If you're not familiar with Lumberjanes, I can direct you to my posts on the previous three books: one and two and three. They're probably not the very worst explanations of Lumberjanes online, at least.

But I do have to repeat, as I have every time I've written about Lumberjanes, that this is a series about young women (some people might call them girls) and their friendships. I am not now, and have never been a young woman, and I've been known to be grumpy about friendships.

So Lumberjanes is cute and positive and full of lovely art and smart and inclusive (of female persons) and adventurous and has interesting Deep Secrets that are being gradually revealed, but it's a book for young women and the adults those young women grew into. I like it, and I think Lumberjanes is happy enough that people like me like it, but that's not why it's here.

That is fine. That is better than fine; too much of the history of art has been made for people very much like me, and is still made for people like me today. What I'm saying is that you might want to get a female person's take on Lumberjanes. For just one example, can I point you to Johanna Draper Carlson, who is also much more up-to-date on reading all things Lumberjanes than I am?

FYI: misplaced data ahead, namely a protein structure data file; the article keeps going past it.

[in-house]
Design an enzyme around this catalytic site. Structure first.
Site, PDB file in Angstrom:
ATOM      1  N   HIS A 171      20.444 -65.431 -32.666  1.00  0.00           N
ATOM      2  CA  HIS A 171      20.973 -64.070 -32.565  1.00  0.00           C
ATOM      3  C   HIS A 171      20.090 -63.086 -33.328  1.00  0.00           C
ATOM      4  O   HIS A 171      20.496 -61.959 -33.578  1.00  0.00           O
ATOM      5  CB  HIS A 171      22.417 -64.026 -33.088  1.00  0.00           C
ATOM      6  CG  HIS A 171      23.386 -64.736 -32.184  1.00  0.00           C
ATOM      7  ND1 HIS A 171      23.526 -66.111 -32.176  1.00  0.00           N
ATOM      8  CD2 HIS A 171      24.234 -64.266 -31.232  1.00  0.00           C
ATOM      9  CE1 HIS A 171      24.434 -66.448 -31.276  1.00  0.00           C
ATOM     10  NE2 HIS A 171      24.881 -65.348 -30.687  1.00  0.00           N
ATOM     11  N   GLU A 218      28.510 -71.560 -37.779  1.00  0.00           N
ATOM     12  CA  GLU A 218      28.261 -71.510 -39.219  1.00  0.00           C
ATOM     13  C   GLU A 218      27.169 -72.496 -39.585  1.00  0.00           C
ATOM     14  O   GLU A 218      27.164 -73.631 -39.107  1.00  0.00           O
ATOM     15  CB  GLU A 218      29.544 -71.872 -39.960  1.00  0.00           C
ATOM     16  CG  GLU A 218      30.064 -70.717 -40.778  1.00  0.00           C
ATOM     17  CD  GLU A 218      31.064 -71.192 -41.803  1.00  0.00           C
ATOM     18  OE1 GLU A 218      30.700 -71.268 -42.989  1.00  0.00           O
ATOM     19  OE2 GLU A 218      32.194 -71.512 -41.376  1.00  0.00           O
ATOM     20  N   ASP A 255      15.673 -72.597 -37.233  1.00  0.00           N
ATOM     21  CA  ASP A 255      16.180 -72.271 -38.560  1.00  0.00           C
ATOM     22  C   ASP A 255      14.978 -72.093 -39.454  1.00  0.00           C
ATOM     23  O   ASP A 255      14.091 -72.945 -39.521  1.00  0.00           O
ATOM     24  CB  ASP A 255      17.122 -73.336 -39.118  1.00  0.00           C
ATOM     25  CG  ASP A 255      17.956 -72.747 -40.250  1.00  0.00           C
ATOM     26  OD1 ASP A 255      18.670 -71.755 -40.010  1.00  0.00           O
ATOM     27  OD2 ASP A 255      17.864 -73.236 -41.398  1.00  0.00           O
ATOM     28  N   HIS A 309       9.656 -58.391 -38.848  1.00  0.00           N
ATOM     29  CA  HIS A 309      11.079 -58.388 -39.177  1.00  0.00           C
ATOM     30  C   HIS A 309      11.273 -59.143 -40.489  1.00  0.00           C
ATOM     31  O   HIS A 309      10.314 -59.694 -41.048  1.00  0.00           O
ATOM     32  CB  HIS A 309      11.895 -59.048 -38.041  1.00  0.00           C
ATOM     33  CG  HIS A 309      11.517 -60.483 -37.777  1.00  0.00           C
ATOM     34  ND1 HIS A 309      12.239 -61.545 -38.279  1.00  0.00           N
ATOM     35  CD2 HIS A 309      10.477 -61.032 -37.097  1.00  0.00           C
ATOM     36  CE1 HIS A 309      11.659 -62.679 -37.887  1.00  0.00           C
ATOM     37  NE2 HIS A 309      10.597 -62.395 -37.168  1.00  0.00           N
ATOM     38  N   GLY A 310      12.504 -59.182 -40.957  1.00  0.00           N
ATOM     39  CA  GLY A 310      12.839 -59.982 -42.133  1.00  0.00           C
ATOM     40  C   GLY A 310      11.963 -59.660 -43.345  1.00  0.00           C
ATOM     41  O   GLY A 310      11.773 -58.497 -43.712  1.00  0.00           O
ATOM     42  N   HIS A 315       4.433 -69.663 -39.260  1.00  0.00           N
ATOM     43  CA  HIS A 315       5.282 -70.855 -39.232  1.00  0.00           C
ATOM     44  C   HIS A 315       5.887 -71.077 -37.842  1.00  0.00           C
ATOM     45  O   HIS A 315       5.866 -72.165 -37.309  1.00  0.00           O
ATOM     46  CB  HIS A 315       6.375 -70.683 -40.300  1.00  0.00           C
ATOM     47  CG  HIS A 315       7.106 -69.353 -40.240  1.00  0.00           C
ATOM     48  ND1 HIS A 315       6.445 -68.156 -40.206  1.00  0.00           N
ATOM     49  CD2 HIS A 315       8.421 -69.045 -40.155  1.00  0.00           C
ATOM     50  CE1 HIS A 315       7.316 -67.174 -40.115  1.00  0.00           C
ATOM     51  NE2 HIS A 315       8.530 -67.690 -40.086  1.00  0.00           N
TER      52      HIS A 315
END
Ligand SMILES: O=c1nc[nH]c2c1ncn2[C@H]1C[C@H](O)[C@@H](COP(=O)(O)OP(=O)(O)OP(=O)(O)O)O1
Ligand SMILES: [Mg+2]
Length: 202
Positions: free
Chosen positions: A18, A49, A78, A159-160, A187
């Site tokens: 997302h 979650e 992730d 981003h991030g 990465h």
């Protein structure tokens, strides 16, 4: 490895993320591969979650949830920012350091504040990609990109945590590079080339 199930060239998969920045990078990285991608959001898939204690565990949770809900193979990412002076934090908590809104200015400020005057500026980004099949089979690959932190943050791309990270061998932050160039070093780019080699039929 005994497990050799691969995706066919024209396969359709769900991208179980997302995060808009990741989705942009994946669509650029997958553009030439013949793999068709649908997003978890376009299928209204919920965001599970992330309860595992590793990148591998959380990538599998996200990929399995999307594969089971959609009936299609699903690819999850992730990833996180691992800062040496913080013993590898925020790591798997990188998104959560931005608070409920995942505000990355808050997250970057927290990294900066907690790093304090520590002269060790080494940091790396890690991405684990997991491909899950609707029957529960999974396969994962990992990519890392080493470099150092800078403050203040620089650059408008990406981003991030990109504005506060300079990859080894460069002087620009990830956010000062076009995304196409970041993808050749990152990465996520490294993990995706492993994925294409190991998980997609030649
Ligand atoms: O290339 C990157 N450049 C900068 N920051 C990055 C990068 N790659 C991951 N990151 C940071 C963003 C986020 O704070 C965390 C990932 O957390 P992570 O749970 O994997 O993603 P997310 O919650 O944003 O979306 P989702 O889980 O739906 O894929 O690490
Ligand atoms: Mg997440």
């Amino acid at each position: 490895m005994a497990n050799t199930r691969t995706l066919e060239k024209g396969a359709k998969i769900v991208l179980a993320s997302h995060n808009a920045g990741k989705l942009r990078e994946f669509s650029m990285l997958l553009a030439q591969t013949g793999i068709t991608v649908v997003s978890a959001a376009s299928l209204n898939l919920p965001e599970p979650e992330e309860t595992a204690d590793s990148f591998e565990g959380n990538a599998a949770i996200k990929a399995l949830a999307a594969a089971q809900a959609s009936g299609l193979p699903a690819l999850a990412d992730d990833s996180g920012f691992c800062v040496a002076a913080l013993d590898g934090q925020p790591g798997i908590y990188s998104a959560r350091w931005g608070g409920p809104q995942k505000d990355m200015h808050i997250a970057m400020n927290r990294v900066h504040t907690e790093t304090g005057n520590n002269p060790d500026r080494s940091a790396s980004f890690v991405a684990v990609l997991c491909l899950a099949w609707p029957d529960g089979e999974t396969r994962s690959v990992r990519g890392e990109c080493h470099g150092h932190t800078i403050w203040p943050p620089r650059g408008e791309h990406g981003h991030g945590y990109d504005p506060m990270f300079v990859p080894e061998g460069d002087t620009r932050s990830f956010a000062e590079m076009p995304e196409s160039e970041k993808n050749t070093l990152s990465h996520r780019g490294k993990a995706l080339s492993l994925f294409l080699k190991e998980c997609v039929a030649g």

Lumberjanes, as always, is written by Noelle Stevenson and Shannon Watters, and all of the art here is by regular series artist Brooke Allen. There are also now a couple of novels written by Mariko Tamaki for those of you allergic to the comics format but still possessed with a burning desire to experience the glory that is Lumberjanes.

Thursday, August 09, 2018